Every family I know has someone who has been affected by the drug crisis.
For me, it started when I was really young. As I grew up, my situation at home made me anti-social. I always wanted to be by myself. I didn’t want to bring friends home and have them see my mom on drugs. It affected me socially. And if you can’t trust the people you love, you can’t trust anybody.
When I had a bad day at home, I would have trouble with doing schoolwork or doing well in school.
When I turned 18, I packed my things and left home. I chose homelessness over living in that environment. Struggling to pay for community college, I spent a year living in my car, taking showers in the rec center, and then going to classes.
Seeing what my family went through, I wanted to help other people who were going through that. After a year, I had saved enough money to go to Marshall University and study to be a social worker. Community college was the first step forward that I needed. Before, a happy future was like something I was imagining — not real. I was imagining having a stable life and the money so that I didn’t have to worry about how I was going to pay rent or what bills I was going to pay. That is what I wanted to work for. College showed me that there really is hope for people like me. If you work hard and do the things you have to do, you really can succeed.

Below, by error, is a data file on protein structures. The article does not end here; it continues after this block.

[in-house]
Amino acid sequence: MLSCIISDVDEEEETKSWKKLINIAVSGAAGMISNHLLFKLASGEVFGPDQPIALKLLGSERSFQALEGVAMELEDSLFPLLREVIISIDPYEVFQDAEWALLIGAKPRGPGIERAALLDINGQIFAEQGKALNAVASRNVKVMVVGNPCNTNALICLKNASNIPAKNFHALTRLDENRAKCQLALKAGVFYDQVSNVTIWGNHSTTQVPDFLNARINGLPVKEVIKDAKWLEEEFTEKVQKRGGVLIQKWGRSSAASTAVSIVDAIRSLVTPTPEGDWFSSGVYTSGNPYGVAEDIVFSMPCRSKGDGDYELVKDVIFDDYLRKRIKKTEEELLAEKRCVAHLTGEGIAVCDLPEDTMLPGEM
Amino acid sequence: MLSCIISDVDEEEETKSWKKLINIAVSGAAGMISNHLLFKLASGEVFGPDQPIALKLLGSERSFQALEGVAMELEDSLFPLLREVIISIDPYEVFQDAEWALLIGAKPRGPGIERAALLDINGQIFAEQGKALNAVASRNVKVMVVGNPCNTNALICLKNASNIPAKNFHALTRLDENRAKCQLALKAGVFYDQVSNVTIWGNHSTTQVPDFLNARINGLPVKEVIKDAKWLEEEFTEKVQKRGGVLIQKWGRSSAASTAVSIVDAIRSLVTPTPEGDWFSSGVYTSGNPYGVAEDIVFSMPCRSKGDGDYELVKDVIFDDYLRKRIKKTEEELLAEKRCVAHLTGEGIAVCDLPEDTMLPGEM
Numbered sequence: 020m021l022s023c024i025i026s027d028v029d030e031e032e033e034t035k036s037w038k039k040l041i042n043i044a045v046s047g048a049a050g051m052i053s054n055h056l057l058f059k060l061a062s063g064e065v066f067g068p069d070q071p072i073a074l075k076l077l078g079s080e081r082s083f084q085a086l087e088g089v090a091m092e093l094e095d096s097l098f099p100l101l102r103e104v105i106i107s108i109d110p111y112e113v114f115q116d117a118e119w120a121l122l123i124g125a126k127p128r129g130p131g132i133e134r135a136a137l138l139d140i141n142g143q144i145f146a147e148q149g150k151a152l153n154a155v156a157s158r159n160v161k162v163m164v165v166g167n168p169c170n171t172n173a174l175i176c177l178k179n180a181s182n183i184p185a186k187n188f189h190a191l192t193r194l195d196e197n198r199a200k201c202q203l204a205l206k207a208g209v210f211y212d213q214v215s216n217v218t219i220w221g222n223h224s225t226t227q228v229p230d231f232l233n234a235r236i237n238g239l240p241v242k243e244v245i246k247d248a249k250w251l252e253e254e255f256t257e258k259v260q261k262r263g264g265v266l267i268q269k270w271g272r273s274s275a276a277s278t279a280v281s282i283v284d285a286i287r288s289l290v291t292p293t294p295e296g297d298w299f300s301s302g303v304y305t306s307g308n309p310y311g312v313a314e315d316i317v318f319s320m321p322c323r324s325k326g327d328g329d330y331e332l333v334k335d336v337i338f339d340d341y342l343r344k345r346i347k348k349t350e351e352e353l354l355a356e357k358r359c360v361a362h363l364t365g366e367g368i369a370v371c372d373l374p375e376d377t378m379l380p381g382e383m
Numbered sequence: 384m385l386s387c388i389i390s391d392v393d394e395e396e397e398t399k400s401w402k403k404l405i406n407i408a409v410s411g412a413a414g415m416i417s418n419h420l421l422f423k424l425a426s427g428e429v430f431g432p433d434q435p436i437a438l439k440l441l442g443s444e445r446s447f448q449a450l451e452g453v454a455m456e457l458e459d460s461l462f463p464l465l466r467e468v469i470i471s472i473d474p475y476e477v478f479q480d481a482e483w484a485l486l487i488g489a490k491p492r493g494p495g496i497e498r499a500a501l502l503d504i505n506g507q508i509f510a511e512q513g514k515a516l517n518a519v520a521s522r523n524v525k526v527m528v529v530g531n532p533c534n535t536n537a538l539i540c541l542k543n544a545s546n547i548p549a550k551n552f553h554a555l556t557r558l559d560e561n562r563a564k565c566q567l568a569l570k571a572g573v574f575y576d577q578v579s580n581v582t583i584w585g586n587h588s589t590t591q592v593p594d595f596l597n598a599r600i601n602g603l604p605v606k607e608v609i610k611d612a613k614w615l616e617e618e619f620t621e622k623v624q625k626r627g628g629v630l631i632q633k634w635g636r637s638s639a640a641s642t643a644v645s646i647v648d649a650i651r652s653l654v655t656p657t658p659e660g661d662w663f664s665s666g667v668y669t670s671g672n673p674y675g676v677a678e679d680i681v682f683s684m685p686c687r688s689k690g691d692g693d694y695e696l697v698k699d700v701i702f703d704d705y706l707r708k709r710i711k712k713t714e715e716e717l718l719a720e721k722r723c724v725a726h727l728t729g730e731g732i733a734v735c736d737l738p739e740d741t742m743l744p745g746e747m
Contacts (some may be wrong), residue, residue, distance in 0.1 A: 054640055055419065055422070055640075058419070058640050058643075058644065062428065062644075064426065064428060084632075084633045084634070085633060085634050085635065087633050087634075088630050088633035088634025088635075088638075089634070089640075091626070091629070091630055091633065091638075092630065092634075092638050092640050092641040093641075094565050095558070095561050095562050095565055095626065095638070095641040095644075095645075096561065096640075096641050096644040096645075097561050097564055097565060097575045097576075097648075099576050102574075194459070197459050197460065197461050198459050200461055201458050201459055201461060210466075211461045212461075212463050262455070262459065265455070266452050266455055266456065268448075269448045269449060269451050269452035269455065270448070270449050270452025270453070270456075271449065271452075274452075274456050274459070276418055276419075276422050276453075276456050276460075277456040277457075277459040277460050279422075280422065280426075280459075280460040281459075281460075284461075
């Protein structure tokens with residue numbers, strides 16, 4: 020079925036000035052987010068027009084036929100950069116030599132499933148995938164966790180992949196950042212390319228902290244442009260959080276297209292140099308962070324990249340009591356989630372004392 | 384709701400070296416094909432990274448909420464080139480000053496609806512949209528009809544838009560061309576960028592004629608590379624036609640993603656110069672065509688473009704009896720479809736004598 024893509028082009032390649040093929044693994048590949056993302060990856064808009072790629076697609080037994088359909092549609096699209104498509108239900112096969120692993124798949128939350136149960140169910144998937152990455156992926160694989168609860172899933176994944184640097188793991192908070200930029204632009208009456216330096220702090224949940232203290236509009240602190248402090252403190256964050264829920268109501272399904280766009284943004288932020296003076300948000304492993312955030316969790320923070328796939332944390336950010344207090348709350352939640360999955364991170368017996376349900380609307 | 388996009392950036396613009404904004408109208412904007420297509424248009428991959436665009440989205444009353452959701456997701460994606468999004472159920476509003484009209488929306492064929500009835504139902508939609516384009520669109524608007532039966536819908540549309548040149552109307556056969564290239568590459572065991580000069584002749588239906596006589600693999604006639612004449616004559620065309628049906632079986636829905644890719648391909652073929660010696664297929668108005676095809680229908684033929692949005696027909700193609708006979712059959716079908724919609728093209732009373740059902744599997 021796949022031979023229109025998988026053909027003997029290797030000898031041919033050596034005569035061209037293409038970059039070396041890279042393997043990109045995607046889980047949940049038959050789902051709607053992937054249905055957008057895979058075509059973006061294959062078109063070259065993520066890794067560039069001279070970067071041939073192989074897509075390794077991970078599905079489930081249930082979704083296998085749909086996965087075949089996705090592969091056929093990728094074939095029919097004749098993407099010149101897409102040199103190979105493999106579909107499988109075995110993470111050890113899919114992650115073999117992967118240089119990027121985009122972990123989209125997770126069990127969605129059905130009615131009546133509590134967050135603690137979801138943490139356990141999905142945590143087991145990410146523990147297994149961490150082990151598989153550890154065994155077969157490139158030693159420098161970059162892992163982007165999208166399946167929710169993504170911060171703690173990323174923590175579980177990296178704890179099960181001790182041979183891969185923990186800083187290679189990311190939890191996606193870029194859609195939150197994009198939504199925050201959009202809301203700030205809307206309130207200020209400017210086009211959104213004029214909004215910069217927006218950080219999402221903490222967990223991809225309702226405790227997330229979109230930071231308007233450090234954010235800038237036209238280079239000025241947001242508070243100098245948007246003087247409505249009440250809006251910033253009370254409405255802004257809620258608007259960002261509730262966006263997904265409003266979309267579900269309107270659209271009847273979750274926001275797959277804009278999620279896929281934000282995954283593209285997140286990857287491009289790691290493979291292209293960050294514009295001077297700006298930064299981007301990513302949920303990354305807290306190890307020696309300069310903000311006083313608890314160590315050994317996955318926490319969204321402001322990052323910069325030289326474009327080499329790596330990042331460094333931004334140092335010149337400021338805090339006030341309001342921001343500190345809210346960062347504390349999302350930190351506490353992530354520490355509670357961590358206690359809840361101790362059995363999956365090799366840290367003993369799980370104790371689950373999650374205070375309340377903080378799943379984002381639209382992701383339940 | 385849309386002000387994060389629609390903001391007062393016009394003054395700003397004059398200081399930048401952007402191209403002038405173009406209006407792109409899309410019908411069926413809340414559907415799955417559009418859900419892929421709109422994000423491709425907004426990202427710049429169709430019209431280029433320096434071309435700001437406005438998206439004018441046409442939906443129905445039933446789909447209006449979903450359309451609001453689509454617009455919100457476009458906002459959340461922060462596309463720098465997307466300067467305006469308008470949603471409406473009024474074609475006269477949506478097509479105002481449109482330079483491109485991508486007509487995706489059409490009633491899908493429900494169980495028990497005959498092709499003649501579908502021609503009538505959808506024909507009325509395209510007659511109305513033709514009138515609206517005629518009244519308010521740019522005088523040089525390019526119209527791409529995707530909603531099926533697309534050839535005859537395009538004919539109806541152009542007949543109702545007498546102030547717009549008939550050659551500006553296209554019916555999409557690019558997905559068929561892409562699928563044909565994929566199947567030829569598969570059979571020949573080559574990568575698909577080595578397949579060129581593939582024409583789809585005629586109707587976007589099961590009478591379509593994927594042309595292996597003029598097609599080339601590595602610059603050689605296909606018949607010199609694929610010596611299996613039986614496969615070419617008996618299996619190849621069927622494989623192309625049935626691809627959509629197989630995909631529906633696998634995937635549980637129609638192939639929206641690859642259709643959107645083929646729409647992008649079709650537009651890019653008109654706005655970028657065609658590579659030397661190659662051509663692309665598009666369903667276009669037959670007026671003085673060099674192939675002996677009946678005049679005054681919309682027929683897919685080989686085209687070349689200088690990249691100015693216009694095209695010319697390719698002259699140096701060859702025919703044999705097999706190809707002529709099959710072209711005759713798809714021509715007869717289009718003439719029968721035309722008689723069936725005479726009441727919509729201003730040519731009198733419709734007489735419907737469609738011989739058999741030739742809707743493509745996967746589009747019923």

Now, I am reading about Congress debating the Build Back Better plan to give everyone two years of free community college. I’ll say that this should have been enacted a long time ago. The number of people who miss out on community college only because of funding is ridiculous. They don’t even get to step through the front door to see what it’s like.
I am very excited that this is happening now. I hope Sen. Joe Manchin, D-W.Va., understands that, for people to get out of their situation, they need higher education, whether it is vocational school, community college or university. When you are trapped in something like I was for so long, you need help to take small steps to see the importance of yourself and see your potential.
If young people in places like Logan, Chapmanville and Farmington knew they could go to community college for two years, for free, it would signify that they can make choices about their future.